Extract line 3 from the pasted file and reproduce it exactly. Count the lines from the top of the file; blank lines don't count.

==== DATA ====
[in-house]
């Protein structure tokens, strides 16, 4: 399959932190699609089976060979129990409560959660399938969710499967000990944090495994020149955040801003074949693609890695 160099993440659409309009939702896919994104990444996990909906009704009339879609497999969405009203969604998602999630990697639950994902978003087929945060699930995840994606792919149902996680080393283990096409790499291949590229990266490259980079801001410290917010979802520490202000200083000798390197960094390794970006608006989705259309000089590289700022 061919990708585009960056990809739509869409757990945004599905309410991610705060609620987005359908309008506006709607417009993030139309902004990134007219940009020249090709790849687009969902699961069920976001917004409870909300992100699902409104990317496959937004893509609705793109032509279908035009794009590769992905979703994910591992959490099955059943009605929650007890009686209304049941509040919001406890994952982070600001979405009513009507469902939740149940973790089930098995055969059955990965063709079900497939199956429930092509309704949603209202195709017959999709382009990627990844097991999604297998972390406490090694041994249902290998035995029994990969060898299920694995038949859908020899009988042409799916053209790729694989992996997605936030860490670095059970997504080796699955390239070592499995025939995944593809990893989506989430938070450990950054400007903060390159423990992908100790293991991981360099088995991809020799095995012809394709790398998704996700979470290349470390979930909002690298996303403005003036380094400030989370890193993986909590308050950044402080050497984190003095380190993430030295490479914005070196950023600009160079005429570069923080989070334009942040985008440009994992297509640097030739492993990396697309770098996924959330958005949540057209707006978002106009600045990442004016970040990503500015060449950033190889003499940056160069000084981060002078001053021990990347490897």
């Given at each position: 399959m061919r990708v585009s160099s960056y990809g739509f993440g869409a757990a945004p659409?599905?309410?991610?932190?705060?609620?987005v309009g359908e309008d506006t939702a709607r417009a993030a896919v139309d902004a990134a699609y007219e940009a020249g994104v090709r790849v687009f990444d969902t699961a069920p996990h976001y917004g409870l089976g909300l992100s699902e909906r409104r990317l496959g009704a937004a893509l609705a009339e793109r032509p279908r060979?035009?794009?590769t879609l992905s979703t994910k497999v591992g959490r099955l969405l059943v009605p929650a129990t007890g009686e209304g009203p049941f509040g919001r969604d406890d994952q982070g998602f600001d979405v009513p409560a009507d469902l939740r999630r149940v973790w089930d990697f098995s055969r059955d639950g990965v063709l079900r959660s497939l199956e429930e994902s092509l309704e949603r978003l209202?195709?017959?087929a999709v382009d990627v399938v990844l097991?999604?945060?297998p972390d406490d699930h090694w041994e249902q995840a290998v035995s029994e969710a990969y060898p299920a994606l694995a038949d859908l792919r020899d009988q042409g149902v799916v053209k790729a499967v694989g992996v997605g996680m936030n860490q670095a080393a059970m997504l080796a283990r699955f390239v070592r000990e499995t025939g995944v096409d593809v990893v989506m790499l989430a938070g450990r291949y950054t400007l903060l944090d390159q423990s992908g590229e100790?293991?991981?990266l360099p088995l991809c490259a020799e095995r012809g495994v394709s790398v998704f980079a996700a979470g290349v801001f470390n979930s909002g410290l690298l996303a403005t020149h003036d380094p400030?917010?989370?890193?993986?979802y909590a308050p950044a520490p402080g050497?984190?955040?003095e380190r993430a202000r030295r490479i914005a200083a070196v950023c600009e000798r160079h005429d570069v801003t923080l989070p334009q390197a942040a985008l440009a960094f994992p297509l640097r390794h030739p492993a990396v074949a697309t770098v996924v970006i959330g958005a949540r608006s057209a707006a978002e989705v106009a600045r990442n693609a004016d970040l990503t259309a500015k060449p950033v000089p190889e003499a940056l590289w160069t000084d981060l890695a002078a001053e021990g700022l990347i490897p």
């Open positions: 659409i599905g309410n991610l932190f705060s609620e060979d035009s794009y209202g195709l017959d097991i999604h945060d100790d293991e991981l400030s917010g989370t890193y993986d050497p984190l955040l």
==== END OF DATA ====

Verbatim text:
């Given at each position: 399959m061919r990708v585009s160099s960056y990809g739509f993440g869409a757990a945004p659409?599905?309410?991610?932190?705060?609620?987005v309009g359908e309008d506006t939702a709607r417009a993030a896919v139309d902004a990134a699609y007219e940009a020249g994104v090709r790849v687009f990444d969902t699961a069920p996990h976001y917004g409870l089976g909300l992100s699902e909906r409104r990317l496959g009704a937004a893509l609705a009339e793109r032509p279908r060979?035009?794009?590769t879609l992905s979703t994910k497999v591992g959490r099955l969405l059943v009605p929650a129990t007890g009686e209304g009203p049941f509040g919001r969604d406890d994952q982070g998602f600001d979405v009513p409560a009507d469902l939740r999630r149940v973790w089930d990697f098995s055969r059955d639950g990965v063709l079900r959660s497939l199956e429930e994902s092509l309704e949603r978003l209202?195709?017959?087929a999709v382009d990627v399938v990844l097991?999604?945060?297998p972390d406490d699930h090694w041994e249902q995840a290998v035995s029994e969710a990969y060898p299920a994606l694995a038949d859908l792919r020899d009988q042409g149902v799916v053209k790729a499967v694989g992996v997605g996680m936030n860490q670095a080393a059970m997504l080796a283990r699955f390239v070592r000990e499995t025939g995944v096409d593809v990893v989506m790499l989430a938070g450990r291949y950054t400007l903060l944090d390159q423990s992908g590229e100790?293991?991981?990266l360099p088995l991809c490259a020799e095995r012809g495994v394709s790398v998704f980079a996700a979470g290349v801001f470390n979930s909002g410290l690298l996303a403005t020149h003036d380094p400030?917010?989370?890193?993986?979802y909590a308050p950044a520490p402080g050497?984190?955040?003095e380190r993430a202000r030295r490479i914005a200083a070196v950023c600009e000798r160079h005429d570069v801003t923080l989070p334009q390197a942040a985008l440009a960094f994992p297509l640097r390794h030739p492993a990396v074949a697309t770098v996924v970006i959330g958005a949540r608006s057209a707006a978002e989705v106009a600045r990442n693609a004016d970040l990503t259309a500015k060449p950033v000089p190889e003499a940056l590289w160069t000084d981060l890695a002078a001053e021990g700022l990347i490897p």